Learn about electricity with online courses and programs
What is electricity?
Electricity is a fundamental form of energy resulting from the movement of charged particles, typically electrons, through conductive materials. It plays a pivotal role in powering our modern world, from lighting our homes to fueling advanced technologies.
Electricity is the result of electrons flowing through conductors, like copper wires, in response to an electrical force. This flow of electrons creates an electric current. When you plug an electronic device, like a smartphone or laptop, into an electrical outlet, you're connecting it to a source of electricity. The device's battery charges as electrons flow from the outlet through the charging cable. Similarly, when you switch on a light bulb, electricity flows through the bulb's filament, generating light.
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Electricity course curriculum
An introductory course focused on electricity can teach learners about the generation, distribution, and applications of electrical energy. Some key areas and subjects that you might study include:
Fundamental concepts such as voltage, current, and resistance
The relationship between electricity and magnetism
Different electrical components
Electrical safety precautions
Start building the knowledge you need to work in the electrical field with edX. From accelerated boot camps to comprehensive programs that allow you to earn a bachelor’s degree or (for more advanced learners) a master’s degree, there are many different learning formats available to fit your needs. You can also explore executive education courses specifically designed for busy professionals. Find the right course for you.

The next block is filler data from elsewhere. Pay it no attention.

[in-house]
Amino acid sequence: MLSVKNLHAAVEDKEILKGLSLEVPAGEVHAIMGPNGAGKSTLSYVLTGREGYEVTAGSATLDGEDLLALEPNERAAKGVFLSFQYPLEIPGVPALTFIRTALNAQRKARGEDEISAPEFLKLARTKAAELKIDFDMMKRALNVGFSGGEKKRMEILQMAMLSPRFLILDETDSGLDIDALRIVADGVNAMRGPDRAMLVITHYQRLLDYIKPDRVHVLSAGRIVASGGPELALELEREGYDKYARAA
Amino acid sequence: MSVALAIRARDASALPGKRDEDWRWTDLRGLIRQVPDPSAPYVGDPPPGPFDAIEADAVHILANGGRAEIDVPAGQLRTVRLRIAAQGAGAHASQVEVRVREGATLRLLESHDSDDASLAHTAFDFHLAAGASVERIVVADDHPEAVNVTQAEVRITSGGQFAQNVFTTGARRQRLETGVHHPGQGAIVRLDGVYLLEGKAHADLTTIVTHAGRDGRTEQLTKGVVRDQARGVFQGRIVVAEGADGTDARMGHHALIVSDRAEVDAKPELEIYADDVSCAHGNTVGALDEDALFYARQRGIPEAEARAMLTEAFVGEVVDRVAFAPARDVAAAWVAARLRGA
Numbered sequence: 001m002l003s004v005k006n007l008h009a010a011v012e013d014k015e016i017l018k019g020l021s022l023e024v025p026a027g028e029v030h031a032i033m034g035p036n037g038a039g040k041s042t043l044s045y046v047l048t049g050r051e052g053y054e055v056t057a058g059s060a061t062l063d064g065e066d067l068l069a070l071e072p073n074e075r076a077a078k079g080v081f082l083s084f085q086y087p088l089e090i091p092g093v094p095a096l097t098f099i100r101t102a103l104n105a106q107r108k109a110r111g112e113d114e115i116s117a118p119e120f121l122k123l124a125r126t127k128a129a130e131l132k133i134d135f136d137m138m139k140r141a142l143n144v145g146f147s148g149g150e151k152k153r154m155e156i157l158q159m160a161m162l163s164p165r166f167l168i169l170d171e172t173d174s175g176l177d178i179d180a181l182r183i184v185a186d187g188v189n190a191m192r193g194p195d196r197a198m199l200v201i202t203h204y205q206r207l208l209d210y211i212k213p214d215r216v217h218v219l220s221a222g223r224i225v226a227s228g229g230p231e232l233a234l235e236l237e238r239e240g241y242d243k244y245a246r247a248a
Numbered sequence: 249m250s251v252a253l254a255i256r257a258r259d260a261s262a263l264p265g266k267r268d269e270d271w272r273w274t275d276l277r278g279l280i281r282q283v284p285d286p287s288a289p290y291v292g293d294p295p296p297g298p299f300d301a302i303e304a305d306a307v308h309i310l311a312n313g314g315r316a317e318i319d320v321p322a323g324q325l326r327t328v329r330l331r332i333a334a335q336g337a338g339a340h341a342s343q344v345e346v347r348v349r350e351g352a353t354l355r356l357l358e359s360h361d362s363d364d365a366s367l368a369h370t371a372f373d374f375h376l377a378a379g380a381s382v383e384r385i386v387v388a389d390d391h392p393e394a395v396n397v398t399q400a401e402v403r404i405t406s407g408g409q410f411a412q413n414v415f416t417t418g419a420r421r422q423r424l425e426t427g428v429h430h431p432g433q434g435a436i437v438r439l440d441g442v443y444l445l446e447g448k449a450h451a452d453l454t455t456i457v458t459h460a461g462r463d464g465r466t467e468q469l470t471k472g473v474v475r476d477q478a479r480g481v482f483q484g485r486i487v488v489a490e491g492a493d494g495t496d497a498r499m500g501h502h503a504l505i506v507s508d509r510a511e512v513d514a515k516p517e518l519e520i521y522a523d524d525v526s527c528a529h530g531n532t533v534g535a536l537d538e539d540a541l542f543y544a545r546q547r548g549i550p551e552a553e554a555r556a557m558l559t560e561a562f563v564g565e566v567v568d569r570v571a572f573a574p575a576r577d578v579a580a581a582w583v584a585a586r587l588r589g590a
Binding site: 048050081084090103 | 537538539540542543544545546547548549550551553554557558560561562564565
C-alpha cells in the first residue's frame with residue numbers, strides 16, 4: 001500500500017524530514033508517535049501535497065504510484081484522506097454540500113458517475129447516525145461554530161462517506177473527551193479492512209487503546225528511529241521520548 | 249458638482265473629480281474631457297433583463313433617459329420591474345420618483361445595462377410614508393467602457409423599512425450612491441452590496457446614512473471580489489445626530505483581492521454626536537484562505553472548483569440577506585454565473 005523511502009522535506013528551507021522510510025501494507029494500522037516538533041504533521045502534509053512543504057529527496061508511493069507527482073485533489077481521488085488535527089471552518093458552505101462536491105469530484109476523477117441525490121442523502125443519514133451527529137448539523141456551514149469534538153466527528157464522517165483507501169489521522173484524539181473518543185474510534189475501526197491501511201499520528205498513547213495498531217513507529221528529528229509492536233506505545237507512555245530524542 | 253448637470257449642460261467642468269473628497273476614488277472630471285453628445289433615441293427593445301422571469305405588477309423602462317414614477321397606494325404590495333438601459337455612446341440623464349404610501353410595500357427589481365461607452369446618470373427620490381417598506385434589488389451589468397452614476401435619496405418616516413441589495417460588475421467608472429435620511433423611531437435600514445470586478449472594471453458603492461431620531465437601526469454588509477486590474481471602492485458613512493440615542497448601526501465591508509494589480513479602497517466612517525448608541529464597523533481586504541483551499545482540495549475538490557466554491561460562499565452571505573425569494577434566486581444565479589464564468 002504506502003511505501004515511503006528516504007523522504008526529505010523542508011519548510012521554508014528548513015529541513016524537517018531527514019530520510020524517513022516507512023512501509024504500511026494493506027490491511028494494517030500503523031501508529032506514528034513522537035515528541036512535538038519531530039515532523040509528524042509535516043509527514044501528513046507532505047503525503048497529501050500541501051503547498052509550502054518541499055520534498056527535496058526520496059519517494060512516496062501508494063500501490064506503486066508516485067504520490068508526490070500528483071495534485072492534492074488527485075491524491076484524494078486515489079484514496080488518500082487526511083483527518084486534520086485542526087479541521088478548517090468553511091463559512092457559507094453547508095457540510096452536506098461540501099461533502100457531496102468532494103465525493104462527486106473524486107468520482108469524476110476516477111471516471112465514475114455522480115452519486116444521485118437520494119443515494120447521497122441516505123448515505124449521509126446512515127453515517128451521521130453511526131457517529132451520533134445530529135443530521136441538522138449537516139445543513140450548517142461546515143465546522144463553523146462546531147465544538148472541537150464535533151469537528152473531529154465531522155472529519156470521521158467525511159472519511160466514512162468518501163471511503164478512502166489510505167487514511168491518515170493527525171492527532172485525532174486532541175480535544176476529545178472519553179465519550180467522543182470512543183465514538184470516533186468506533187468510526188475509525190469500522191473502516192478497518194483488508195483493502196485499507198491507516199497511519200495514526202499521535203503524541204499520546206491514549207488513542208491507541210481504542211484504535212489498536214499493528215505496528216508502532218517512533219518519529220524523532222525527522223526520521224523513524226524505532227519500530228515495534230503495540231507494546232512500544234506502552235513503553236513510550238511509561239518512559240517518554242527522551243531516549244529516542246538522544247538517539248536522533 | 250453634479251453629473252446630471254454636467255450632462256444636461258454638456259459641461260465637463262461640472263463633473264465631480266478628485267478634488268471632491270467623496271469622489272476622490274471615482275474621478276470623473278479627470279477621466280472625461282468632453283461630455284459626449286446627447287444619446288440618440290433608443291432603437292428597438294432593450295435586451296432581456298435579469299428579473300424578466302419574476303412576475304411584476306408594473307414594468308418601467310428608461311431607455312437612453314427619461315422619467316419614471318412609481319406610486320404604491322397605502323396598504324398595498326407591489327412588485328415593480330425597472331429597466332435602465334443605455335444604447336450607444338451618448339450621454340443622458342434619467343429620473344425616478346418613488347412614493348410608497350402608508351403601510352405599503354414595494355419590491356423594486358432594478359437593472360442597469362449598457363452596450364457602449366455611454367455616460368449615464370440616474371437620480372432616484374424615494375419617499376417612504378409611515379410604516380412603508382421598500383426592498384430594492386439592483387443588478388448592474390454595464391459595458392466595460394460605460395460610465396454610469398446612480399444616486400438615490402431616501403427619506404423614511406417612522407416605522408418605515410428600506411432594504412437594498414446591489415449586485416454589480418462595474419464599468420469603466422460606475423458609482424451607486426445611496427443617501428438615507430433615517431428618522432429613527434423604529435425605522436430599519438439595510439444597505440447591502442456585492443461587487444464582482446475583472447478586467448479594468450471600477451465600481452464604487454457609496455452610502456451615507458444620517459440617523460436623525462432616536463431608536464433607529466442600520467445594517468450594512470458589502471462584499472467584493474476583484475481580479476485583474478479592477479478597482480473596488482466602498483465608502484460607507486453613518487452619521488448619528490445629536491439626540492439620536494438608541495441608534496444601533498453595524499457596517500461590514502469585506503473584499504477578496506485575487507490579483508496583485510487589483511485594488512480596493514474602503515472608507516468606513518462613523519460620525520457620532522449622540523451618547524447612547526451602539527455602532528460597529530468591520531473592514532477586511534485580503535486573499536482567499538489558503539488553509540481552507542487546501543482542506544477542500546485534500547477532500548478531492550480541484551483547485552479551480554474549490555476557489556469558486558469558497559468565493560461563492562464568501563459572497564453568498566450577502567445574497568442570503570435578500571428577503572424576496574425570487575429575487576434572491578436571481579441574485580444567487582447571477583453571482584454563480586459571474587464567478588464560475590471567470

Explore jobs related to electricity
Understanding electricity can provide a strong foundation for careers in electrical engineering, electronics, renewable energy, power generation, and various industries that rely on electrical systems. Some examples of such jobs include:
Electrical engineer: Designs, develops, and maintains electrical systems and components, including power generation, distribution, and electronic devices.
Electronics technician: Works with electronic components, circuits, and systems, diagnosing and repairing electronic equipment.
Electrician: Installs, maintains, and repairs electrical wiring and systems in homes, commercial buildings, and industrial facilities.
Audiovisual technician: Sets up and maintains audio and video equipment for events, conferences, and entertainment venues.
Each of these roles will have different education and skills requirements. Some employers may seek candidates with a degree in electrical engineering depending on the role. Before deciding on a specific learning path, research the positions you hope to pursue and align your coursework with your career goals.